BYU has had more than a dozen student-athlete marriages the past few years. How did they meet? What was their first date? How did the proposal go? And why are there so many of these unions in Provo?
PROVO — Connor Harding and Paisley Johnson first spoke in the tunnel linking the BYU basketball practice facility to the Marriott Center after Harding “mustered up the courage and the confidence” to suggest that the two should hang out some time.
“Great pickup line, by the way,” Harding said last February, laughing.
Football player Bracken El-Bakri and discus thrower Sable Lohmeier got acquainted in a sports psychology class, while volleyball stars Zach Eschenberg and Kennedy Redding were introduced by teammates, of course.
Quarterback Baylor Romney and pole vaulter Elise Machen met at a church youth conference when they were teenagers in El Paso, Texas. Football player Darius McFarland saw softball star Rylee Jensen on a team poster and asked her teammate for her phone number, while tight end Matt Bushman and volleyball standout Emily Lewis first talked at the salad bar of an on-campus eatery.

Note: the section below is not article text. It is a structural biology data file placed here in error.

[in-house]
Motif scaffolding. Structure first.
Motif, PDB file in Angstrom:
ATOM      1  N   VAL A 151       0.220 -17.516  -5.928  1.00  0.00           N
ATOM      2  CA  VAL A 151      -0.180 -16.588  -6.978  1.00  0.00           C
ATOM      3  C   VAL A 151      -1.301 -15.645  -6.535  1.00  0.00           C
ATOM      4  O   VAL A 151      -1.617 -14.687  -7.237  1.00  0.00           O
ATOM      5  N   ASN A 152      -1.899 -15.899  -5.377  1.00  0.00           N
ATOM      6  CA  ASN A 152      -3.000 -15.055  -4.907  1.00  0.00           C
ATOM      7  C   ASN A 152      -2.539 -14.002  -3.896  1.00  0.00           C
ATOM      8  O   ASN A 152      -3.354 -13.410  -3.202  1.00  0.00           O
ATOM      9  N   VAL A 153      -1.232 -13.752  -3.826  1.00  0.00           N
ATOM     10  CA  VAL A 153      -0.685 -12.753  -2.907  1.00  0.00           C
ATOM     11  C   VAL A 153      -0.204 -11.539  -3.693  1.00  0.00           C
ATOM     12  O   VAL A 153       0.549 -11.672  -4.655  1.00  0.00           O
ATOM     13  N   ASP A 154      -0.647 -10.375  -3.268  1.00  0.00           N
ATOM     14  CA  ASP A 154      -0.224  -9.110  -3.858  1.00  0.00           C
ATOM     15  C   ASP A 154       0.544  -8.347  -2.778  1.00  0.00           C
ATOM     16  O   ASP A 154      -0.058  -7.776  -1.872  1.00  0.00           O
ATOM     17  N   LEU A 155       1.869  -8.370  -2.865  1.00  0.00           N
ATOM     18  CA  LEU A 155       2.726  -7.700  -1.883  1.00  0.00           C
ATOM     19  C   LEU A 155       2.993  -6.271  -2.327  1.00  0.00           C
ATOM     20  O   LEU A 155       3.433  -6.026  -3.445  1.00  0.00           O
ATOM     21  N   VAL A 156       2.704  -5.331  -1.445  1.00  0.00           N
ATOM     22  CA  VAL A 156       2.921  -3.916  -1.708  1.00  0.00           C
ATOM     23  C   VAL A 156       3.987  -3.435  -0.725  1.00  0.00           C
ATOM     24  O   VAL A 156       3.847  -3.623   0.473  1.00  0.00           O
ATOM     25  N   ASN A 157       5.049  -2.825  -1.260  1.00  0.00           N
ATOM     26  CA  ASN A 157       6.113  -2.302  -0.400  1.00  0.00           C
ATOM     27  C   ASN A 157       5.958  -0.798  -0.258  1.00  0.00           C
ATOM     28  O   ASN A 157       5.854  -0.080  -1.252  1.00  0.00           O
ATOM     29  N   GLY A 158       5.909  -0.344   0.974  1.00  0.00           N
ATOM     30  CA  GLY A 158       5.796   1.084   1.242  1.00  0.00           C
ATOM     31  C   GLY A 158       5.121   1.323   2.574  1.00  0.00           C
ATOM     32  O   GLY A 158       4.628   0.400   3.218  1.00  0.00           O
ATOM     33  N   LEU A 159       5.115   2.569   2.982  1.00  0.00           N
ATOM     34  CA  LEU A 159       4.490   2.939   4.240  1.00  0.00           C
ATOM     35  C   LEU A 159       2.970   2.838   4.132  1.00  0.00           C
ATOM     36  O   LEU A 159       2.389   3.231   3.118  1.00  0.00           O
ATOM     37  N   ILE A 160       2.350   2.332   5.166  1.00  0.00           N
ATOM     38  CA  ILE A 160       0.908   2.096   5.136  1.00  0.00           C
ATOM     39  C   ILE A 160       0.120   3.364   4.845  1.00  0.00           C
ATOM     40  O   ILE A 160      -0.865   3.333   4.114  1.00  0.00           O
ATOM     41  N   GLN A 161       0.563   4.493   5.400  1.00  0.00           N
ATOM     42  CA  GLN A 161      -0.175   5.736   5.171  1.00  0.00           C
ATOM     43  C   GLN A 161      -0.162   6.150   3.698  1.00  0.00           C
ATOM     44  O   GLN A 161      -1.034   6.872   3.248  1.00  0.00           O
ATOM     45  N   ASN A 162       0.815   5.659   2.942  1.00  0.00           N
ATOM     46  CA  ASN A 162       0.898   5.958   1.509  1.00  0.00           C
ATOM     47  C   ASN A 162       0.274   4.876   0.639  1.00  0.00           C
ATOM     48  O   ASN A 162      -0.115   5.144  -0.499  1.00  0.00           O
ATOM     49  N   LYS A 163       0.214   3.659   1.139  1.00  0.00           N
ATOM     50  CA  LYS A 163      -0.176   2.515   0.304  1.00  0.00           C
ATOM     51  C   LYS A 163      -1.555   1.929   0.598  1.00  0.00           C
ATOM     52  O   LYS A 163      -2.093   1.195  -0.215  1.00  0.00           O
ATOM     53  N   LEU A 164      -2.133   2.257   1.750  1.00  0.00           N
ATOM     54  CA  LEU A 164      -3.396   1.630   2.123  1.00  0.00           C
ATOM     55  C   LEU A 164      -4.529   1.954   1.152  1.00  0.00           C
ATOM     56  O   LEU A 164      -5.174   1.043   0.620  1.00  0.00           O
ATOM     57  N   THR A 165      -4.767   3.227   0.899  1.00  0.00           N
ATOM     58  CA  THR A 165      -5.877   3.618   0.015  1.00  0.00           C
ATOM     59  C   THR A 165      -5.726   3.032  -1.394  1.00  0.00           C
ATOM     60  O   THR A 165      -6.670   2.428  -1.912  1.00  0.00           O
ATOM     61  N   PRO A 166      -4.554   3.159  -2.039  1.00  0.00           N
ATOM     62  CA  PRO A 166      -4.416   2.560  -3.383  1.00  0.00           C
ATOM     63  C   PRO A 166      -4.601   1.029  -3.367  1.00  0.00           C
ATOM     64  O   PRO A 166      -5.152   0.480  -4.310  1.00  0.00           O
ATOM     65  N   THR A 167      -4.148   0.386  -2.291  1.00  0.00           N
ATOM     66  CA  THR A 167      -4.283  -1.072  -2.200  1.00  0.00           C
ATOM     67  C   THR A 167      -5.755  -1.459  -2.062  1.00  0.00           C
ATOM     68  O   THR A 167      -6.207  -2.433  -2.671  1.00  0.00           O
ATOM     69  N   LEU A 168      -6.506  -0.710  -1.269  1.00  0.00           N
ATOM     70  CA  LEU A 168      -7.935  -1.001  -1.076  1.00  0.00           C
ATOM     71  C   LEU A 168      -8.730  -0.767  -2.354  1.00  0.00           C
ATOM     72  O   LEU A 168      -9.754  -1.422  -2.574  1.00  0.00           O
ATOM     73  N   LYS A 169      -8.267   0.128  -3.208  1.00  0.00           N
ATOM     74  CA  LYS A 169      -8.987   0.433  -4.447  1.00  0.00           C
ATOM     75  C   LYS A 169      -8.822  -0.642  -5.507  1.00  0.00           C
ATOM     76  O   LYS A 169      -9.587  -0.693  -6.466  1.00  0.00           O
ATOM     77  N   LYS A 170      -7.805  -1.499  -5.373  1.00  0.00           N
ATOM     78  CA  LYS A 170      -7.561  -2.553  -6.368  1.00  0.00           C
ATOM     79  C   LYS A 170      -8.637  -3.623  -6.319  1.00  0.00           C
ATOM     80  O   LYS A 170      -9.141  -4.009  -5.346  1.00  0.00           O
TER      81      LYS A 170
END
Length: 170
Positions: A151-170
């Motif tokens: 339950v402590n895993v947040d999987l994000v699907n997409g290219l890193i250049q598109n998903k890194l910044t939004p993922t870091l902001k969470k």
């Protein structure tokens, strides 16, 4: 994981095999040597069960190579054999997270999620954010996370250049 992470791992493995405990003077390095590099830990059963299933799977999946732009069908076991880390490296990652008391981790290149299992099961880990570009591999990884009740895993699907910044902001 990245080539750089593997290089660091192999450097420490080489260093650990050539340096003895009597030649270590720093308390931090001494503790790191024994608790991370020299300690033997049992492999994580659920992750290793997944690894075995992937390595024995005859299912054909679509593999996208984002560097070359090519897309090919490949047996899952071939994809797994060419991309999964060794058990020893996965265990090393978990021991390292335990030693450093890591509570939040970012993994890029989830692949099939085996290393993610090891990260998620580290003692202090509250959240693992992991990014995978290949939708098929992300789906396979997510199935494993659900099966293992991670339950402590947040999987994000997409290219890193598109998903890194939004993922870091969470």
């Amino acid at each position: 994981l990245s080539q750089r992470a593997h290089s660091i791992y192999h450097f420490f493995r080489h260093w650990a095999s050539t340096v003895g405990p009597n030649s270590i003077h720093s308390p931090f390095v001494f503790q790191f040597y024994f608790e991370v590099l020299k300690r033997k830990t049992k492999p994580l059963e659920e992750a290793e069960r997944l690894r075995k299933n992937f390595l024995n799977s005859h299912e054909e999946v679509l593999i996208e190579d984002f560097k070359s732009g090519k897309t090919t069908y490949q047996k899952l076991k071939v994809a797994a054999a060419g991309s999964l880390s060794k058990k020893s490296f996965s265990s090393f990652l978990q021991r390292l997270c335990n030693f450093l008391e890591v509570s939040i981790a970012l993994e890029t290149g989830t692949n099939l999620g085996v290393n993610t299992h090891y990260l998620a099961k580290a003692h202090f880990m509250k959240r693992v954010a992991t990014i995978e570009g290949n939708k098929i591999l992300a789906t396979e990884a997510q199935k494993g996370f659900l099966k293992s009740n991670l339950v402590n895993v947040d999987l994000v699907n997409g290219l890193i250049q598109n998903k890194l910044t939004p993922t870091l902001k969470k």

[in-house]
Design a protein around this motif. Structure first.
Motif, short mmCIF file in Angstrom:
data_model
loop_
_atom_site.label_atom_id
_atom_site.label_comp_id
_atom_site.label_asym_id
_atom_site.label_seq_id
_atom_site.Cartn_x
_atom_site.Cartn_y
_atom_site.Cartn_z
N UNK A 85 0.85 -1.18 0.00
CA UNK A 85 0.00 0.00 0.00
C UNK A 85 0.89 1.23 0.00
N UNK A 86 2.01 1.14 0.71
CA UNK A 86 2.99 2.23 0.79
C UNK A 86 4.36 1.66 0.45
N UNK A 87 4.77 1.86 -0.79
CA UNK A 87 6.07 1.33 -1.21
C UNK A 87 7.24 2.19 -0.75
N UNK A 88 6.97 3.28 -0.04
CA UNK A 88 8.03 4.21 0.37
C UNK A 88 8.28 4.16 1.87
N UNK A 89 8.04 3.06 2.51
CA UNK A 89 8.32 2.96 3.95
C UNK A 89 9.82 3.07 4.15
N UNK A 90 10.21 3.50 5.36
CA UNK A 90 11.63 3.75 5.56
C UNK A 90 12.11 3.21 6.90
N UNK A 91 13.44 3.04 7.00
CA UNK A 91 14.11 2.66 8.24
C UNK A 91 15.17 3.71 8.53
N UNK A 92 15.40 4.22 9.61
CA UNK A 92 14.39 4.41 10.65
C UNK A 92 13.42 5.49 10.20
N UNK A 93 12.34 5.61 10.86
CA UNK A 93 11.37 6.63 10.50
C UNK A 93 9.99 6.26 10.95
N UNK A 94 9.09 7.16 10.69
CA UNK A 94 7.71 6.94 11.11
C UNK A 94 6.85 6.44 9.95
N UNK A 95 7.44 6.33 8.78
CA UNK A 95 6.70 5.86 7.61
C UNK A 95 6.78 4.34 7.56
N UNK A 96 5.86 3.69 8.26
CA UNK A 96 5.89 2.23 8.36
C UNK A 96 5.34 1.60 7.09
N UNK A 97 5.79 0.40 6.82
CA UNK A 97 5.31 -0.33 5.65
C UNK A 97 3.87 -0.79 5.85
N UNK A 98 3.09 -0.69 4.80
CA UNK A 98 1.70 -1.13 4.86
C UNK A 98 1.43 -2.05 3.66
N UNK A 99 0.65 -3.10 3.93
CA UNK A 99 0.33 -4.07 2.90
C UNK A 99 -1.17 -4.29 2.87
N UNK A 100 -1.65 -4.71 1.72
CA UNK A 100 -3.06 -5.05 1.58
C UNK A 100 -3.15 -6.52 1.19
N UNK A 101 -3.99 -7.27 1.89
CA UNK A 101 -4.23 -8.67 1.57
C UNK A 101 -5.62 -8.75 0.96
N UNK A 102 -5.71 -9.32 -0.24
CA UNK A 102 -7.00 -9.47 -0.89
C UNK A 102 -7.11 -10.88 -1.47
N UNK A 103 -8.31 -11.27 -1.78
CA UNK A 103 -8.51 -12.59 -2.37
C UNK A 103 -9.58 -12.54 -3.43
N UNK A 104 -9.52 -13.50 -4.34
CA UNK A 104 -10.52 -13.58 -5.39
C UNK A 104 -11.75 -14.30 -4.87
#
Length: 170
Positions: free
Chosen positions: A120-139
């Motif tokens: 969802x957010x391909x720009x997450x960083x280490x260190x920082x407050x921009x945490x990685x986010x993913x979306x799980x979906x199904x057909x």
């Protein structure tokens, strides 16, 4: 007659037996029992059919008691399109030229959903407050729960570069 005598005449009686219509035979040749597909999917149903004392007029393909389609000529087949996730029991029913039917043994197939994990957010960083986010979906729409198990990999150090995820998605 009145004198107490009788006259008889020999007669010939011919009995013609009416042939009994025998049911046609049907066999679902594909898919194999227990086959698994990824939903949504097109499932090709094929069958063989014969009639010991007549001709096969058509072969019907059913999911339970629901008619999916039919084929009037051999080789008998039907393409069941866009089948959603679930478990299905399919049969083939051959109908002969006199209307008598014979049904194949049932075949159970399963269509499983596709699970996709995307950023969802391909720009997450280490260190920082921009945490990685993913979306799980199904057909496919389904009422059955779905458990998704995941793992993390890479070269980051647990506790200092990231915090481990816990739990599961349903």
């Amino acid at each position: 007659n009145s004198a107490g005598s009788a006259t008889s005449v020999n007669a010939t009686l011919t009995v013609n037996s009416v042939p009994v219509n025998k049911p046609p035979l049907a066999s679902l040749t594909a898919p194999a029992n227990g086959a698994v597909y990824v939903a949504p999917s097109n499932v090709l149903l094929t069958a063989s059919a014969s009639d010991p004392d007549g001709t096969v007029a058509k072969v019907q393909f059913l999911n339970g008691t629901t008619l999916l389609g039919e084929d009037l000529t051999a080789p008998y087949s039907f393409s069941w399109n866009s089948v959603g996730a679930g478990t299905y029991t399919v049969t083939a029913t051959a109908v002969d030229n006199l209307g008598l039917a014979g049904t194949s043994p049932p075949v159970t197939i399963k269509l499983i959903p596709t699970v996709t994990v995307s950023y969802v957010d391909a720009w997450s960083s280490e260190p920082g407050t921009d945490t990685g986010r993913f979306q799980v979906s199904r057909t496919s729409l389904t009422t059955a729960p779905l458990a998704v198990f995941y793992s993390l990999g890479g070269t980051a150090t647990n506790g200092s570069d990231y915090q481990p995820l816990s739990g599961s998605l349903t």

All six of the couples are married now.
They are part of the unofficial, but ever-increasing, club of BYU student-athletes who have married another student-athlete at the school owned and operated by The Church of Jesus Christ of Latter-day Saints.
That a lot of BYU athletes marry each other isn’t surprising, considering they often intermingle in classes favored by athletes, share weight rooms, academic tutoring centers and training facilities, and dine together at the Legends Grille in the Student Athlete Building.
And, of course, marriage is sort of a big deal at BYU. There’s a reason why there’s a jewelry store on every corner in Provo.
“BYU is really good at integrating everybody, especially athletes, at banquets and firesides and the Y Awards and all that,” said El-Bakri, who married Lohmeier in March. “We see each other a lot, cross paths a lot. So there’s that.”